By ALFREDO P HERNANDEZ
IN 1974 and in the years that followed, Philippine Airlines and Qantas chartered flights brought to
They were recruited by the colonial government of Australia the previous year after it determined that the growing economy of Papua New Guinea needed better skills and expertise to help sustain the needs of the local industries and to run the various units in the national government.
To prepare the country for eventual independence from
They were chosen over other Asian nationals for their English proficiency and inherent patience and ability to adapt to the local culture.
The first batch was made of 136 professionals, technicians, teachers, professors, architects, surveyors, fishery experts and agriculturists who set foot on PNG on May 10, 1974.
They were either posted in various government units along with their white counterparts or taught elementary and vocational courses to the youths across the country.
Lacking in expertise and skills and the needed manpower to operate the various sectors of its infant business, trade, commerce and various other industries, and to streamline the functioning of government bureaucracies, PNG looked to the
Having done this, the nation was not disappointed. And it wanted more of them to come and help build the economy.
Most of the professional Filipinos excelled in their line of expertise; a number made their name in banking, commerce and industry; others became the spawn from which learning sprouted like mushrooms among the youths in various levels of education.
With PNG becoming their second home, most of the Pinoys stayed put till past retirement.
This group was considered the first-ever from an Asian country to become expatriate workers here in
Many more Filipinos in several batches followed – this time, all recruited by the first PNG government – during the initial years of the country’s nationhood.
My father, a diesel-gasoline engine expert, came in 1977, along with a big group of new recruits that included educators, technical and highly skilled workers, agriculturists, vocational teachers, accountants, administrators and managers.
The economy was beginning to grow and there was no homegrown expertise yet available to fill up various jobs. Again, the only readily-available manpower during those days could be found in the
It was thought earlier that it would only be a temporary affair, a stopgap measure to fill an urgent need. But the proponents of Philippine hiring were dead wrong. And outsourcing from this country has become a convenient and fortunate habit.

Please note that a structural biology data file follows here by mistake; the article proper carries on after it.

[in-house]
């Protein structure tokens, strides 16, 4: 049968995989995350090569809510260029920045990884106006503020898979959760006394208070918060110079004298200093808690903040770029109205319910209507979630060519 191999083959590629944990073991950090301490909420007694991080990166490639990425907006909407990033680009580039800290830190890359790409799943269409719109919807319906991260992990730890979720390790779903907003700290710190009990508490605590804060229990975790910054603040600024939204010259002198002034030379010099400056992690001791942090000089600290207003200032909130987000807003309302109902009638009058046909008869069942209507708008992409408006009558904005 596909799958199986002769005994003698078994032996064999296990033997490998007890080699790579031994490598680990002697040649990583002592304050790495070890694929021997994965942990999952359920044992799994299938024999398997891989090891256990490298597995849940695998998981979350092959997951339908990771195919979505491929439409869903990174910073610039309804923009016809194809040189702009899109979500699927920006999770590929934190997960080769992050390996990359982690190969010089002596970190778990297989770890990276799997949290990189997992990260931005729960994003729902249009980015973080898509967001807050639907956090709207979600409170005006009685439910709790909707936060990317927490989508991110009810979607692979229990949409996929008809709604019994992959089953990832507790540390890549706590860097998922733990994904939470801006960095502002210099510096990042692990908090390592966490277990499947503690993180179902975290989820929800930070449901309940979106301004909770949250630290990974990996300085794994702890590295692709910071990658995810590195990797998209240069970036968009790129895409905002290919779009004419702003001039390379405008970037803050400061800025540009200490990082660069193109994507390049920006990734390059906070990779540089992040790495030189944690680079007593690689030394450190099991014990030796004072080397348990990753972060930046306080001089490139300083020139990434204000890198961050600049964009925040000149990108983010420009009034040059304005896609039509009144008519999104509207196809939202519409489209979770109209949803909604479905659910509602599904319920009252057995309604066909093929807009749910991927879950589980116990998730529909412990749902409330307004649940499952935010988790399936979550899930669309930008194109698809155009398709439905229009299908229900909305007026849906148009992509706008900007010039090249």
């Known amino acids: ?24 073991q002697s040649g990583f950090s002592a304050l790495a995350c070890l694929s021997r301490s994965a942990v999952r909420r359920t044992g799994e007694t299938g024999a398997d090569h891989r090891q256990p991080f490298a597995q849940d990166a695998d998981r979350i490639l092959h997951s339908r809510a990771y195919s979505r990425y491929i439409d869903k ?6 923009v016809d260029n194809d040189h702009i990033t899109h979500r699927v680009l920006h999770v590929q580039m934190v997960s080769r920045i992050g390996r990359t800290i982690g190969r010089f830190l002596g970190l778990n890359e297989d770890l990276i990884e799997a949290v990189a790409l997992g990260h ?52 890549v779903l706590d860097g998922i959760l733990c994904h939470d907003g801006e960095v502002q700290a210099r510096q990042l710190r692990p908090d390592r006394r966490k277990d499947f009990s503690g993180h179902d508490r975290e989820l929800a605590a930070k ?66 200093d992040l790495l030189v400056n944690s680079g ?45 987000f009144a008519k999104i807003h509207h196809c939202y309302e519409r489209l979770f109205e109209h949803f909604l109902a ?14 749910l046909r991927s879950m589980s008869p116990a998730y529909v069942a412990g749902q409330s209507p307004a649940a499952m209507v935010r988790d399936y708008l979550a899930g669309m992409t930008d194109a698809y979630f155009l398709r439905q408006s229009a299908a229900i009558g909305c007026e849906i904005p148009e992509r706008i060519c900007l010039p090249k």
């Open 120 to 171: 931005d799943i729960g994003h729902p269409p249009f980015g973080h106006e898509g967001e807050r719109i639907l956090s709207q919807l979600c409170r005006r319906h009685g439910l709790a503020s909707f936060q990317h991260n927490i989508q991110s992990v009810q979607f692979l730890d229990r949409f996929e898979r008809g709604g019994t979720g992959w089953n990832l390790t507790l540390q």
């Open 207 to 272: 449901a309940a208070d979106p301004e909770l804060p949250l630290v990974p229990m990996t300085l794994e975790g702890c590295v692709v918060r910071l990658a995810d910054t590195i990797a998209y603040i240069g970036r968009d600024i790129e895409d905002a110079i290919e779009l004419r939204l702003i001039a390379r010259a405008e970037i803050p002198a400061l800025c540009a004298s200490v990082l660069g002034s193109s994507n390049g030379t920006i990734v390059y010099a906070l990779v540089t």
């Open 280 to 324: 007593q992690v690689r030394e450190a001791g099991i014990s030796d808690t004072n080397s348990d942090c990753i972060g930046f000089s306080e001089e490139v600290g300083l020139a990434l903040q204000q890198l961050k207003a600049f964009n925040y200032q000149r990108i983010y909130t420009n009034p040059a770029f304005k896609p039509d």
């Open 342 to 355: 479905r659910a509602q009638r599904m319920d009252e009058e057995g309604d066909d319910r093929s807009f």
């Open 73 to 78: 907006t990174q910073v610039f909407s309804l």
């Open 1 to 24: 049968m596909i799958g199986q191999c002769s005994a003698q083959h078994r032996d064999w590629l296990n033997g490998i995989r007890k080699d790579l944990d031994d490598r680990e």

When PNG’s pioneering oil refinery at Napa-Napa just outside
The Napa-Napa refinery had no other place from which to outsource manpower but
With PNG’s massive resource development project like the liquefied natural gas (LNG) now on the horizon, the likelihood of another “Filipino invasion” is becoming imminent
Already, the Philippine Ambassador to PNG, Madam Shirley Ho-Vicario, has been in talks with at least three big job recruitment companies based in
One of them, the JDA Wokman of Port Moresby, has already requested the Philippine Embassy in
JDA Wokman business development manager Peter Garnsey told this writer that the Filipinos are an “attractive option” for deployment.
“They could make up the bulk of the more than 10,000 expatriate workers projected to be required by the project during its 30-yar lifespan,” he said.
However, Mr Garnsey would not be able to know the exact number of workers to hire from
“But we are looking at a few thousands from the
In a formal letter to Madam Ho-Vicario, Mr Garnsey enumerated “reasons we believe the Filipino workers will be the desired expatriate workforce for the PNG LNG project:
1. Superior English language skills
2. They interface well with PNG Nationals;
3. Filipino Workers are considered to have good work ethics;
4. The skills/training of Filipino workers is considered to be superior; and
5. Ease of travel between PNG and the
The two other recruitment companies are also looking to the
Full-blast hiring of engineers of various specializations, specialized mechanics, pipe layers, feeders, heavy equipment operators, fabrication specialists, accountants, administrative staff and many more could begin in April next year.
The ExxonMobil LNG project is expected to operate for at least 30 years.
It is feared that this projected “invasion” of Filipino workers and those from other Asian countries might cause “paper fatigue” at the PNG Labor Department and Immigration Department, which are right now bogged down by manpower lack.